Opinion on 2013 Kia Soul,trade in or repair

I have a 2013 Kia Soul. Recently the engine blew out on me. it was lack Of oil. I noticed since I had the oil and filters changed I was constantly putting more and more oil in.

I don’t know much about cars

But I was told instead of purchasing a new engine to just see about doing a trade in. I guess I just wanted to know if it’s possible and to get other people opinions only because I’m mostly stuck.

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If you trade it in, the amount you’ll get will be reduced by the price of a replacement engine anyway, plus some additional amount to allow for the fact that the buyer can’t drive the car to be sure that nothing else is wrong, so I don’t think that’s a good idea.

I’d buy a remanufactured engine or if necessary a used engine and try to get the rest of the normal life out of this car, making sure to keep the fluids at the right level this time.

Car will be worth only junk value with a blown engine, a few hundred dollars. So trade in will not work.

Look into getting a rebuilt engine, or even one from a junk yard, although the latter is risky.

sounds like your drain plug or filter was loose. Did you check those? Where did you get the oil changed? Jiffy Lube? they are known for doing things like this.

Kia has a 5 year, 60,000 miles powertrain warranty.Its extended to 10 years for oriignal owner.
Warranty Coverage
• Basic Warranty Coverage
Except as limited or excluded below, all components
of your new Kia Vehicle are covered for 60
months/60,000 miles from the Date of First Service,
whichever comes first (Basic Limited Warranty
Coverage). This Warranty does not cover wear and
maintenance items, or those items excluded
elsewhere in the Manual. See “Exceptions” and
“What is Not Covered.”
• Power Train Coverage
For Original Owners (defined below), the Power
Train Limited Warranty begins upon expiration of the
60 month/60,000 mile Basic Limited Warranty
Coverage, and will continue to cover the following
components up to 120 months or 100,000 miles from
the Date of First Service, whichever comes first. It
does not cover normal wear and tear, maintenance, or
those items excluded elsewhere in this manual. See
“Exceptions” and “What is Not Covered.”
The items covered by the Power Train Limited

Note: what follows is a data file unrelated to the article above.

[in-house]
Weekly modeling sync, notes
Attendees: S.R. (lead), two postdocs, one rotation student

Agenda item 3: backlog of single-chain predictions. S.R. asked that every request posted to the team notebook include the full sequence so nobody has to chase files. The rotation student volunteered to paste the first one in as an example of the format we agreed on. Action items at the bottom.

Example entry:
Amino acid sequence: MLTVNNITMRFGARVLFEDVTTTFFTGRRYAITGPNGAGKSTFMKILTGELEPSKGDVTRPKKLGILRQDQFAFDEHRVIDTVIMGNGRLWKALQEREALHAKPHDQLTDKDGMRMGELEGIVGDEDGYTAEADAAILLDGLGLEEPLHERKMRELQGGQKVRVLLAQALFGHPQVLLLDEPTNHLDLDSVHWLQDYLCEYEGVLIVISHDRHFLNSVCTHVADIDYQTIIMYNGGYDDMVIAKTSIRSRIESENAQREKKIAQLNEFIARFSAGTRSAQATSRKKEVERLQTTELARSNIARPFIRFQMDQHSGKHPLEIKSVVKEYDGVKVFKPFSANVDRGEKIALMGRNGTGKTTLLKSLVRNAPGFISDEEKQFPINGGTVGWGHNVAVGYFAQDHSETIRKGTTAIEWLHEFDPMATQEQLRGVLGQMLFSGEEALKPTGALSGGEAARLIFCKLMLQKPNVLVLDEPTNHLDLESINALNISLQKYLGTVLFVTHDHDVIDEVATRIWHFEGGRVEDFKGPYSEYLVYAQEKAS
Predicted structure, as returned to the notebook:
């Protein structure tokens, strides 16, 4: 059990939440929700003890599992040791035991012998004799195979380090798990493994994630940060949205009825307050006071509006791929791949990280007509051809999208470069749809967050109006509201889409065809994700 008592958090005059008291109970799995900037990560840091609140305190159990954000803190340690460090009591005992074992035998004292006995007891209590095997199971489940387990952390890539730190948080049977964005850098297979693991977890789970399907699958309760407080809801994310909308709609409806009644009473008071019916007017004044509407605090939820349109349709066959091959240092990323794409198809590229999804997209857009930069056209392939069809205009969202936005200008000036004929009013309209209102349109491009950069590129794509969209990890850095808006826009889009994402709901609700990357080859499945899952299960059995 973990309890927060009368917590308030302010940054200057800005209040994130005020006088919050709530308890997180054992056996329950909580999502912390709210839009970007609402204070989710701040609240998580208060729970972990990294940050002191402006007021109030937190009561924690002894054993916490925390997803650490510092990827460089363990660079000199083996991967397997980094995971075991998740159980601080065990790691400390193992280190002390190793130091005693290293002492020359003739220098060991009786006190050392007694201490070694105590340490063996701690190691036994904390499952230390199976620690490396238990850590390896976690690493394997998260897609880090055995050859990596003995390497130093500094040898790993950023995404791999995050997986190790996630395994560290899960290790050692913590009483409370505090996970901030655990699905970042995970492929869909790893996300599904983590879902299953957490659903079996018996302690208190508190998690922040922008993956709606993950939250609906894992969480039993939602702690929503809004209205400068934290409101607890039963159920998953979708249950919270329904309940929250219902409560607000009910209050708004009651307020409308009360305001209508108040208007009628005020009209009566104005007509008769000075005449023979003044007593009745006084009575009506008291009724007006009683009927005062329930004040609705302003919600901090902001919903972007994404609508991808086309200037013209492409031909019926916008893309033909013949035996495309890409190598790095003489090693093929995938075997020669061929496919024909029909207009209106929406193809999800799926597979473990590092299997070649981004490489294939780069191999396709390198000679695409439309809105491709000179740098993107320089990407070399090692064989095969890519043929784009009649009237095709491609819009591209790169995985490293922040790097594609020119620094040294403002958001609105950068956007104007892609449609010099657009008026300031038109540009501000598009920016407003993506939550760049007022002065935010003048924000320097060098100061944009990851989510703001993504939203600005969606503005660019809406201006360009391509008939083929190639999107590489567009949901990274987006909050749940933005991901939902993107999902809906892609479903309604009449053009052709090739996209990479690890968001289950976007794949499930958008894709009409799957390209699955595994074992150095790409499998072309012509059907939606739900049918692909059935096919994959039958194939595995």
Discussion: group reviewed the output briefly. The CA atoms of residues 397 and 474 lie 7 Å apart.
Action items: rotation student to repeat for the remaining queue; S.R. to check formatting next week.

Warranty include:

  • In the Engine: Cylinder block, cylinder head and
    all internal parts, timing gear, seals and gaskets,
    valve cover, flywheel, oil pump, water pump and
    turbo charger.
  • In the Transaxle: Transmission case and all
    internal parts, torque converter, drive shafts,
    universal joints, front hubs, bearings, seals and
  • In the Axles: Axle shafts and C-V joints
    (couplings), seals, hub and wheel bearings.
  • In the Transmission: Transmission case, transfer
    case, torque converter and all internal parts, seals,
    and gaskets.

Good Morning

I had both the oil and filter done at the Kia dealership

Thank you so much
I did purchase a engine but was having horrible issues with the mechanic. He seemed to be upset because I wouldn’t go his way of purchasing the used engine after I repeatedly told him I didn’t have the money at all for what he wanted to do.

I found a used engine from some where else and had it ship to the mechanic shop. Unfortunately for me I purchased the wrong engine. Before I made the purchase I asked the mechanic repeatedly before during after if I was purchasing the right engine he never said anything even after I told him what it was. He never even called once the engine got there to tell me it was there and the wrong one I didn’t find out until I called him. So now I’m coming out of pocket again to ship the engine back and ordering a new one

That’s the reason I asked about the trade in

Good Morning

Thank you so much for this information

That is how you alienate mechanics when you need their help the most. Send the wrong engine back and either find a new mechanic or let the person do their job. A mechanic does not have to stand behind any work they do when the customer provides parts.


Black Book trade in for average condition, with 100,000 miles would be $4000. Deduct for more milage and deduct the cost of the new to you USED engine. Present value is scrap.
Question: If you supply the engine, and it is no good, who pays the labor for the second removal and installation. Hint: It won’t be the mechanic.

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